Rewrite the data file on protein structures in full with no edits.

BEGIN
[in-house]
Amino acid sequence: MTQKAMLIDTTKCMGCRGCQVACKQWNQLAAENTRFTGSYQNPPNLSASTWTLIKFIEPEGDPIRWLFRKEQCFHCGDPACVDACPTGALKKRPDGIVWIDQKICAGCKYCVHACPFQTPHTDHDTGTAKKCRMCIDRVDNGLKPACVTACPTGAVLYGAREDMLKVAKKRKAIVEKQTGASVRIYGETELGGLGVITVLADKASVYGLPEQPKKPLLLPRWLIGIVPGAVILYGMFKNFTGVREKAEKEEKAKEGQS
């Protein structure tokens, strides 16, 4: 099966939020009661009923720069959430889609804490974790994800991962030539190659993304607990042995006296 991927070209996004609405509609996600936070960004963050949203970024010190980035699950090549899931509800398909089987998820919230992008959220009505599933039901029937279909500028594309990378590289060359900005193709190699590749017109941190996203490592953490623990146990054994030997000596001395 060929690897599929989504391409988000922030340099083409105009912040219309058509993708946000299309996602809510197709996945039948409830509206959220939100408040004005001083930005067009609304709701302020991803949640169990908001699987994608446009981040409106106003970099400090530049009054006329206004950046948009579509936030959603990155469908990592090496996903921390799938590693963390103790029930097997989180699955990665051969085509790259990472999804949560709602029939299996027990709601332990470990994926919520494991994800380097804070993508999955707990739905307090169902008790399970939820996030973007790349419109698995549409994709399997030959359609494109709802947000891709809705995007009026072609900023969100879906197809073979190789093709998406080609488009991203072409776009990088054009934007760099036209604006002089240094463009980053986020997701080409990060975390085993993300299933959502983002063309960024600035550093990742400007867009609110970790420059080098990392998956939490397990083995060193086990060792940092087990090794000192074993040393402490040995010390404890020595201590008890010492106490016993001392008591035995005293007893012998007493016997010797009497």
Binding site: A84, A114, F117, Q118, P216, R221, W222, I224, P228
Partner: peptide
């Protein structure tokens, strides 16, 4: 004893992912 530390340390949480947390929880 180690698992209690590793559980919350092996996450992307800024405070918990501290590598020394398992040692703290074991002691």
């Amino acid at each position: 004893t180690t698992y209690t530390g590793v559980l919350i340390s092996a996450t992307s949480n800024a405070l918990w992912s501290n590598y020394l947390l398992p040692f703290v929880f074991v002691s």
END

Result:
[in-house]
Amino acid sequence: MTQKAMLIDTTKCMGCRGCQVACKQWNQLAAENTRFTGSYQNPPNLSASTWTLIKFIEPEGDPIRWLFRKEQCFHCGDPACVDACPTGALKKRPDGIVWIDQKICAGCKYCVHACPFQTPHTDHDTGTAKKCRMCIDRVDNGLKPACVTACPTGAVLYGAREDMLKVAKKRKAIVEKQTGASVRIYGETELGGLGVITVLADKASVYGLPEQPKKPLLLPRWLIGIVPGAVILYGMFKNFTGVREKAEKEEKAKEGQS
């Protein structure tokens, strides 16, 4: 099966939020009661009923720069959430889609804490974790994800991962030539190659993304607990042995006296 991927070209996004609405509609996600936070960004963050949203970024010190980035699950090549899931509800398909089987998820919230992008959220009505599933039901029937279909500028594309990378590289060359900005193709190699590749017109941190996203490592953490623990146990054994030997000596001395 060929690897599929989504391409988000922030340099083409105009912040219309058509993708946000299309996602809510197709996945039948409830509206959220939100408040004005001083930005067009609304709701302020991803949640169990908001699987994608446009981040409106106003970099400090530049009054006329206004950046948009579509936030959603990155469908990592090496996903921390799938590693963390103790029930097997989180699955990665051969085509790259990472999804949560709602029939299996027990709601332990470990994926919520494991994800380097804070993508999955707990739905307090169902008790399970939820996030973007790349419109698995549409994709399997030959359609494109709802947000891709809705995007009026072609900023969100879906197809073979190789093709998406080609488009991203072409776009990088054009934007760099036209604006002089240094463009980053986020997701080409990060975390085993993300299933959502983002063309960024600035550093990742400007867009609110970790420059080098990392998956939490397990083995060193086990060792940092087990090794000192074993040393402490040995010390404890020595201590008890010492106490016993001392008591035995005293007893012998007493016997010797009497």
Binding site: A84, A114, F117, Q118, P216, R221, W222, I224, P228
Partner: peptide
């Protein structure tokens, strides 16, 4: 004893992912 530390340390949480947390929880 180690698992209690590793559980919350092996996450992307800024405070918990501290590598020394398992040692703290074991002691």
């Amino acid at each position: 004893t180690t698992y209690t530390g590793v559980l919350i340390s092996a996450t992307s949480n800024a405070l918990w992912s501290n590598y020394l947390l398992p040692f703290v929880f074991v002691s």